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How Much Effort is There in Each Software Update?

Software releases generally come in two flavors, updates and upgrades. Updates are small changes where the version number barely changes and mostly consists of bug fixes, enhancements (perhaps performance), and possibly some new small features. Upgrades are generally considered major releases and often the first number of the version changes. These include major enhancements and lots of new features. Now everyone knows a lot of work goes into major new upgrades, there’s no doubt when you look at the list of new features. But what about updates? How much effort is involved in releasing updates? More than most people realize!

I just took a look at all the updates we released for LandlordMax Property Management Software version 2.12, which is now at version 2.12e, and it was quite lengthy as you can clearly see from this list of new features and fixes for each update. What’s the best metric to show how much effort was involved? That’s very debatable. One could argue LOC (Lines of Code) but that’s very skewed.

To give you a quick idea of why that’s skewed, let’s take a look at some of the huge performance enhancements we did for version 2.12c. Between version 2.12b and version 2.12c, as you can see from the graph below, we added about 250 new lines of code. Very few. But if you look at the effort, it took us many man hours to accomplish, probably more than all the other updates combined! So why so few lines of code? Because we removed as much if not more software code than we added. On top of this, a lot of the time we made modifications to existing code (for example optimizing the database queries), where we didn’t add or remove any code but just changed it. Version 2.12c was by far the update that required the most effort but this isn’t accurately reflected in the lines of code…

LandlordMax Property Management Software Lines Of Code For Each Version 2.12 Update

I can already see the next question, what about just measuring the total amount of time taken to implement each new update rather than using lines of code as a metric? That would be great except that we don’t really keep track here at LandlordMax of what we do in that kind of detail. I don’t know myself if I’ve spent two hours on this, then three hours on that. I know the total amount of time I spend working on LandlordMax, but I don’t know exactly on what. And to be honest, I don’t want to subject myself to this level of time tracking (even daily tracking) just to have metrics, it’s a waste of time and money. I’d rather spend that time adding more features to the software. I’m not billing a client, I’m trying to produce a software product, therefore the details of where the time is spent is not as important as building a quality product. With that being said, I do have a good idea of how much time each update took, a good guess-estimate. And I can tell you that version 2.12c was the largest by far.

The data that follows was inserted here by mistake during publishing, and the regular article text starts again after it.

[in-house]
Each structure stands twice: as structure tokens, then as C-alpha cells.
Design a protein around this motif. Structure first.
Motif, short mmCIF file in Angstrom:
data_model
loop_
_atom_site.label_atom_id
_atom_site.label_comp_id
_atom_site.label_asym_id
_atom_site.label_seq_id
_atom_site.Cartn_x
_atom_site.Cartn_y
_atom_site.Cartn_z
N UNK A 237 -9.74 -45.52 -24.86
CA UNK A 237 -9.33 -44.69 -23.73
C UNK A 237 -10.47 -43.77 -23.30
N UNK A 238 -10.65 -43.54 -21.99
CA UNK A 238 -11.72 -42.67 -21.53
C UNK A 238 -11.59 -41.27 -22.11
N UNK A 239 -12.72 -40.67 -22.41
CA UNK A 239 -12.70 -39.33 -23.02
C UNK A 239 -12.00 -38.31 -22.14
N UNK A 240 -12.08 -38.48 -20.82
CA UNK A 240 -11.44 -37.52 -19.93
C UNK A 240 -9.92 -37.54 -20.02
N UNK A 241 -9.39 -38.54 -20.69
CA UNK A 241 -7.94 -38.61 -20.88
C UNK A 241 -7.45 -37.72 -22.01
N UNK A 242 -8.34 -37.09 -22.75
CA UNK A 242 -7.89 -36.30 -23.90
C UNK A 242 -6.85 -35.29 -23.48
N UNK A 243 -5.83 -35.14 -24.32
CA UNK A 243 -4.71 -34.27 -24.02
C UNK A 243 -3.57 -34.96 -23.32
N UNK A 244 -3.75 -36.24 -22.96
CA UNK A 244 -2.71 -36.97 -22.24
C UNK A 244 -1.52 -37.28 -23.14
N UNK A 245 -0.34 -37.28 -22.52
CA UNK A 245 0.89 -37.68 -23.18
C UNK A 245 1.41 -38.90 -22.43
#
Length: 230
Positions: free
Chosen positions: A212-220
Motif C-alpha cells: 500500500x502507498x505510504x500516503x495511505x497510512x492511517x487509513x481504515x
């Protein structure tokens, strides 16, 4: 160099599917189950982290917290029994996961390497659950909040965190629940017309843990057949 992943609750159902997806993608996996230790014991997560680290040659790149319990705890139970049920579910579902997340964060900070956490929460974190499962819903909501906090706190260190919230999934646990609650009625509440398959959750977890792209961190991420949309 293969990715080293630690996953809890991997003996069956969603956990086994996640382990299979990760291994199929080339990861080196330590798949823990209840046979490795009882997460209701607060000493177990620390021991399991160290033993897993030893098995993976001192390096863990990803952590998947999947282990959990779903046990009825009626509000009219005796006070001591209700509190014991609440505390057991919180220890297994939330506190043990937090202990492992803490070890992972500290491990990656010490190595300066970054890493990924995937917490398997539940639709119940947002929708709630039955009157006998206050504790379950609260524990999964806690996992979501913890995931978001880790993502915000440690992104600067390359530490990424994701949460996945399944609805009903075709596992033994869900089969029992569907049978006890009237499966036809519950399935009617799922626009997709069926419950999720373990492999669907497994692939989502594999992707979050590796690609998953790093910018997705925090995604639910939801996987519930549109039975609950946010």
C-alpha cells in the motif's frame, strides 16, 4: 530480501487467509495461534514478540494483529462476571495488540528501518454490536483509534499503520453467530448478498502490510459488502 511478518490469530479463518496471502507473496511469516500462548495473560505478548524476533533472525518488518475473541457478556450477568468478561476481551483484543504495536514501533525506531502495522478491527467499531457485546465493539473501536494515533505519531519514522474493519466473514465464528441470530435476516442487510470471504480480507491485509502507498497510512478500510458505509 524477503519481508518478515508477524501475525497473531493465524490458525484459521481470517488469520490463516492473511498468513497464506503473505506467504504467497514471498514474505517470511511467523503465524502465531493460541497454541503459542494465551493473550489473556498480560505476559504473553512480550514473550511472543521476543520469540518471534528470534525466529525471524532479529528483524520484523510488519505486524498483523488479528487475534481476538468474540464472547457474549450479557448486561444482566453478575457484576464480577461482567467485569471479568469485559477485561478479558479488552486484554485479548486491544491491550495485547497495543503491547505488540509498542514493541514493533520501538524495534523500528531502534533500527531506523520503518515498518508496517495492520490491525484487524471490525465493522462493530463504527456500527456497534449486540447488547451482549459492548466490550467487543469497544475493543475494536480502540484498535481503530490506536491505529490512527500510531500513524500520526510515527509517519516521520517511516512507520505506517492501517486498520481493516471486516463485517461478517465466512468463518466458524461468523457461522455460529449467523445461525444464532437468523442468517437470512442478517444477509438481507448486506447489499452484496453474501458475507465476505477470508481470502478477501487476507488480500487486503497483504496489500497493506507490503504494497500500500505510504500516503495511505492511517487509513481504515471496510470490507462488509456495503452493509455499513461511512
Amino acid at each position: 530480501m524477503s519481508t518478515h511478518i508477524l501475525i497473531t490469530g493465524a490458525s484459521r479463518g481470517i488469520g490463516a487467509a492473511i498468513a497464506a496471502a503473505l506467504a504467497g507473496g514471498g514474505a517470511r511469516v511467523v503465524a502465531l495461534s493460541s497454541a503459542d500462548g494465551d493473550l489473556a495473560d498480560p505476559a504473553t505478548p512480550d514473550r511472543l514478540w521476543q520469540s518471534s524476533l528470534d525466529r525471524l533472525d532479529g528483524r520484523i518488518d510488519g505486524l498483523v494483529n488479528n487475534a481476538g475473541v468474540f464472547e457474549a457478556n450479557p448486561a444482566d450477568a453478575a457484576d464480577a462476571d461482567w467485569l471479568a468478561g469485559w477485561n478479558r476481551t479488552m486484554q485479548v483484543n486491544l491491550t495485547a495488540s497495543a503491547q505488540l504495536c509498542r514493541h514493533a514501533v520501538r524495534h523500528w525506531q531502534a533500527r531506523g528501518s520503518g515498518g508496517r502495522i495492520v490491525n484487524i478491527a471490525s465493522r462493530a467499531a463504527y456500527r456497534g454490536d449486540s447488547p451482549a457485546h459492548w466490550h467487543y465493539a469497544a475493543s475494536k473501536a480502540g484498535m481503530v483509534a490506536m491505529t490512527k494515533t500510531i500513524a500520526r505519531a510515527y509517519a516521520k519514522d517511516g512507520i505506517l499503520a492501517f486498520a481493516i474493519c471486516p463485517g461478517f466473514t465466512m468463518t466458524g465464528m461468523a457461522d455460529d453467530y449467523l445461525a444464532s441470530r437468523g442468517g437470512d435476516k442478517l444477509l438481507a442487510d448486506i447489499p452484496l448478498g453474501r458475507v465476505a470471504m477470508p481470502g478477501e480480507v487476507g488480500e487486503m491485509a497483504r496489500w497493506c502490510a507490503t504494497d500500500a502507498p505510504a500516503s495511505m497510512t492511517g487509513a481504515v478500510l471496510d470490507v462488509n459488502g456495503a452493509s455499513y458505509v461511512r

In any case, I can only use the best metric I have in hand since I don’t have enough details to graph the time spent per update. Although this is not entirely accurate it’s the best I can do. That being said, it’s interesting to note that between the initial release of version 2.12 and the final release of version 2.12 (version 2.12e), we’ve added over 2000 lines of code. Assuming 40 lines per page, that’s 50 pages of new code. And remember, that’s not counting how much code has been modified, how much code has been replaced, etc.

So to answer the original question, how much effort is there in each software update? A lot! Based on the previous releases using only the lines of code as a metric, I can assure you that if we based it on time it would be a much larger percentage, we’ve added 10% as much code as a brand new full version upgrade release to the updates!



 
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Comments:

  •     Ari Berdy
    · September 26th, 2006  · 1:28 pm  · Permalink